‘Ground Braking’ Tests On Earthquake And Fire Readiness For A Five-Story Building

April 16th, 2012 Print This Post Print This Post

The University of California, San Diego is performing one of the largest fire and structural research projects in the United States. Full-scale fire tests will be conducted on May 9th – 11th 2012 to assess the performance of active and passive fire protection systems and impacts and effects of fire spread and smoke movement in an earthquake-damaged high-rise building (in part co-sponsored by Klausbruckner & Associates).

A series of tests will be used to examine the performance of structural building components and equipment during and after an earthquake.

What happens when you put a fully equipped five-story building, which includes an intensive care unit, a surgery suite, piping and air conditioning, fire barriers and even a working elevator, through series of high-intensity earthquakes? Structural engineers at the University of California, San Diego are about to find out during a two-week series of tests conducted on the world’s largest outdoor shake table at the Englekirk Structural Engineering Center. The overarching goal of the $5 million project, which is supported by a coalition of government agencies, foundations and industry partners, is to ascertain what needs to be done to make sure that high-value buildings, such as hospitals and data centers, remain operational after going through an earthquake.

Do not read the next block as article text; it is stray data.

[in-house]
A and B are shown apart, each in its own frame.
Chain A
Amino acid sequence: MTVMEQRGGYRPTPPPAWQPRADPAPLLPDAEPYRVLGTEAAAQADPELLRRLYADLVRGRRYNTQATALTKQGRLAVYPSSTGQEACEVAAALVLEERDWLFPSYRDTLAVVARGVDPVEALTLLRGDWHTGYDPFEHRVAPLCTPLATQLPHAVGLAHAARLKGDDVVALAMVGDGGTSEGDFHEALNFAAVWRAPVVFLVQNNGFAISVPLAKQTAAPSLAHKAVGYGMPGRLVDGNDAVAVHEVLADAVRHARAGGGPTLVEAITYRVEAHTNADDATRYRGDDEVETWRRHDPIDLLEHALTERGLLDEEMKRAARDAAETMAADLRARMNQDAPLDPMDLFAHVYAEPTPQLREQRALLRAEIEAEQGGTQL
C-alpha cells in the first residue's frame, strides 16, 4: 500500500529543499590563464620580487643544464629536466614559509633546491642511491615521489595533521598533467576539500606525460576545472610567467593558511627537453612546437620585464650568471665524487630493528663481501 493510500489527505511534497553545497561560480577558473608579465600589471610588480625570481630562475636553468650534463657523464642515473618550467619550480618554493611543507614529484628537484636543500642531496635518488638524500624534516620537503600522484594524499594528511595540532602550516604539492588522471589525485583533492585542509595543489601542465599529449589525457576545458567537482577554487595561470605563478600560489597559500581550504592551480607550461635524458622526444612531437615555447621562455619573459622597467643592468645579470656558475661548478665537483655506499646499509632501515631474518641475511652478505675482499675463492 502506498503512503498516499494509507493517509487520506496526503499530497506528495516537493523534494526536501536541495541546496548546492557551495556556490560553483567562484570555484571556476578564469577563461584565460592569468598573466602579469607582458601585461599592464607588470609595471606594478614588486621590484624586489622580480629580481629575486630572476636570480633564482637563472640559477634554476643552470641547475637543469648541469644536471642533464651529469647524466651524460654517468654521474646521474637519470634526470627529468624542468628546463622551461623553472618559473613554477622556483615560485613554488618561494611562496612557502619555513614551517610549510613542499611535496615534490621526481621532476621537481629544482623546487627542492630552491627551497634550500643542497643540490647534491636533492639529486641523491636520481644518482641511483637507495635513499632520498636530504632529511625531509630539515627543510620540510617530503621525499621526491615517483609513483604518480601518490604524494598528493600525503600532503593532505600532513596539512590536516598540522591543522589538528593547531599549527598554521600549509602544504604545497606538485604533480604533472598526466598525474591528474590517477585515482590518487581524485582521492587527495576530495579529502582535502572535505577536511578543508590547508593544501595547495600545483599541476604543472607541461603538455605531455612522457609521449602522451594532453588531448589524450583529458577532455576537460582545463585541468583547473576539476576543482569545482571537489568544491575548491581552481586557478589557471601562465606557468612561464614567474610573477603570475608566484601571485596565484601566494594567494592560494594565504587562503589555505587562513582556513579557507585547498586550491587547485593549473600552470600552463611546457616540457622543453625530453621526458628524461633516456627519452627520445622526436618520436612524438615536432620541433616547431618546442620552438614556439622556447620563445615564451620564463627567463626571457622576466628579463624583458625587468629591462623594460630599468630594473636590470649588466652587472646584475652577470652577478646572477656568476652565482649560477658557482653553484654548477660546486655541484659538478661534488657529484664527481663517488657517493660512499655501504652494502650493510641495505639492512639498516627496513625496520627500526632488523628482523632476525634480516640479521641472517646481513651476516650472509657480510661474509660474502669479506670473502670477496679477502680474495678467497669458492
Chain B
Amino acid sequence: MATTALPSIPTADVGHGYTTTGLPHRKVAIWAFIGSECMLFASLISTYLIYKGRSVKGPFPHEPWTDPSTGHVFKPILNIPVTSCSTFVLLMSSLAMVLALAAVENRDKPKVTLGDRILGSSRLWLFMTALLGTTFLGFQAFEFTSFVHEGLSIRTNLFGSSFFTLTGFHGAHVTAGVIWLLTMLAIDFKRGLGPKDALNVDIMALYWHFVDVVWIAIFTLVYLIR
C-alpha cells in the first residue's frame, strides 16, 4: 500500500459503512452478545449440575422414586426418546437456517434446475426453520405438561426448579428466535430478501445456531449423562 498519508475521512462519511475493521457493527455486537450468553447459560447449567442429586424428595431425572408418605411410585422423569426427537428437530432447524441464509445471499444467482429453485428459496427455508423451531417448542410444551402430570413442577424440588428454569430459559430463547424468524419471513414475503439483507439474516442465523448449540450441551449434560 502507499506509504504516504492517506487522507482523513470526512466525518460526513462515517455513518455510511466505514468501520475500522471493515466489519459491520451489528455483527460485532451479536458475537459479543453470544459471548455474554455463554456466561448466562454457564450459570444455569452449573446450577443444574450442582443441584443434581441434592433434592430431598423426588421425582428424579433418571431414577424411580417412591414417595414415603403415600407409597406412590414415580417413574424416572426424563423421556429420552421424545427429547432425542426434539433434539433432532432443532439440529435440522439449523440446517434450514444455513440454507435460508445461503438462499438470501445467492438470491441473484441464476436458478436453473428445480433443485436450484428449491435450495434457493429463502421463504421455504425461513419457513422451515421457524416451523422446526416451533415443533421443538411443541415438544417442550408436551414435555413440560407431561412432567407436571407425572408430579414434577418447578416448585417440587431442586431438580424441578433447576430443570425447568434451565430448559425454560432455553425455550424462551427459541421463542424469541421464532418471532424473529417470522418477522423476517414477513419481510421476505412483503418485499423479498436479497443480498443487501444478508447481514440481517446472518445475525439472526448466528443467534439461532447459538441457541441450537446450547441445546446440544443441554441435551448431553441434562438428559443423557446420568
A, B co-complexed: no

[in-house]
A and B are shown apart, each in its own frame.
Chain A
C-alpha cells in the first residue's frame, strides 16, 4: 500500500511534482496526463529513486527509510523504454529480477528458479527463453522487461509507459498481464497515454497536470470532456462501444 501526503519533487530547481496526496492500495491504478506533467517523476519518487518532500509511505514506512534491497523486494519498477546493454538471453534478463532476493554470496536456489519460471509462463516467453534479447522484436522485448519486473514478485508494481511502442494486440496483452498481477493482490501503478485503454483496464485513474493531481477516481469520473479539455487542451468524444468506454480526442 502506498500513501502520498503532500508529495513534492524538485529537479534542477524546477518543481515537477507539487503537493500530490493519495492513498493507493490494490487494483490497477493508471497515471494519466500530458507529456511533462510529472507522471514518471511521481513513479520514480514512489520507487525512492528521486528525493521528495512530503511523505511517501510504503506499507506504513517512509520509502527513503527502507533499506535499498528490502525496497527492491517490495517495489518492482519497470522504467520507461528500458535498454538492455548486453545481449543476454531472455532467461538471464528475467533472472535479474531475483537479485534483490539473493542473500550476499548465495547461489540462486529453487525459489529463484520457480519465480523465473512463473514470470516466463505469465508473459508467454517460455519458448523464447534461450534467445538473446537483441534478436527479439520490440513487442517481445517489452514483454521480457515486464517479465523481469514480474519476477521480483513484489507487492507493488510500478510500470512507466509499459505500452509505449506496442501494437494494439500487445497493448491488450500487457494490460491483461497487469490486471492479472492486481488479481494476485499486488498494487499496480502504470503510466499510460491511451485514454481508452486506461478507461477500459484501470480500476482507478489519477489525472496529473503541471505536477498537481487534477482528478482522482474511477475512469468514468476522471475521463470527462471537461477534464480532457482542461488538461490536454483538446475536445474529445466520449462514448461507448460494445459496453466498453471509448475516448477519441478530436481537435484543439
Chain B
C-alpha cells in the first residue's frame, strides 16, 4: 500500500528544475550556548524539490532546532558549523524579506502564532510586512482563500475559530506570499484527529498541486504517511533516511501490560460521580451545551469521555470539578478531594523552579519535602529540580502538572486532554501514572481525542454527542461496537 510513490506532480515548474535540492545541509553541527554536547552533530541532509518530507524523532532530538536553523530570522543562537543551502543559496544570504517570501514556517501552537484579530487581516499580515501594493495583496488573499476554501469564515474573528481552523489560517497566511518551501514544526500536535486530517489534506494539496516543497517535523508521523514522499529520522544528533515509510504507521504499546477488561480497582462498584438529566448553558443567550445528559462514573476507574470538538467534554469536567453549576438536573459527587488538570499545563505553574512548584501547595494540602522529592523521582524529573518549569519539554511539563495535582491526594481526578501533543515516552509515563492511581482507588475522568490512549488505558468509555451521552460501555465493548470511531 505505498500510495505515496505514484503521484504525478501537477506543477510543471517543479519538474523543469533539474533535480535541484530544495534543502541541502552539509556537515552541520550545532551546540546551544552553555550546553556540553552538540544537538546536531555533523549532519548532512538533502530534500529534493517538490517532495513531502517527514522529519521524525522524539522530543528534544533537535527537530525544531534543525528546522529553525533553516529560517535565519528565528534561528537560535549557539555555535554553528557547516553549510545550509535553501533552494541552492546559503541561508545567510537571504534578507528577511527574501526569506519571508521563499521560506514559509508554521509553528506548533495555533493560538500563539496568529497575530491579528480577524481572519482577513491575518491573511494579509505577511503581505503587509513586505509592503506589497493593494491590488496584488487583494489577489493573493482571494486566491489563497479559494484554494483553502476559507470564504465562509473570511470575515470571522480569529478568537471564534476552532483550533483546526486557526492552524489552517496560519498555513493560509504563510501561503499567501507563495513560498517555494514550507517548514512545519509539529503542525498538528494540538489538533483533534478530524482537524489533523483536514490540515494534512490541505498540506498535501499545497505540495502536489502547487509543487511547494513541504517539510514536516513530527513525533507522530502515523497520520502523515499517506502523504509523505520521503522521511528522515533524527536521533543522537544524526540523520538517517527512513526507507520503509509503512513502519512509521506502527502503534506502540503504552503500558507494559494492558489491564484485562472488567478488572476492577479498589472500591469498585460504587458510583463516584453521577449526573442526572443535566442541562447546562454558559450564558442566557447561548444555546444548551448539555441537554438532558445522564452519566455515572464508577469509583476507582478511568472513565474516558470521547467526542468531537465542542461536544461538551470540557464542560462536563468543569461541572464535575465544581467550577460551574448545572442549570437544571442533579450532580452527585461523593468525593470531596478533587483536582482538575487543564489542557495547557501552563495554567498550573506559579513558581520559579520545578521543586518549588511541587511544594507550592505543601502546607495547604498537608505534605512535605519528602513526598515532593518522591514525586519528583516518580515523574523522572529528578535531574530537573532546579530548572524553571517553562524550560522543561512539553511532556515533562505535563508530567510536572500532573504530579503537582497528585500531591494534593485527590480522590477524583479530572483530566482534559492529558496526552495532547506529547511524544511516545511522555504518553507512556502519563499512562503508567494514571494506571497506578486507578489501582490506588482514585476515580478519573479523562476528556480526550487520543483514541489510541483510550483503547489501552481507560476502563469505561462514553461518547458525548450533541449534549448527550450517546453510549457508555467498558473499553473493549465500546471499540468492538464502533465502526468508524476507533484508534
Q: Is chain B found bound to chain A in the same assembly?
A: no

Read more at UCSD News: News Center

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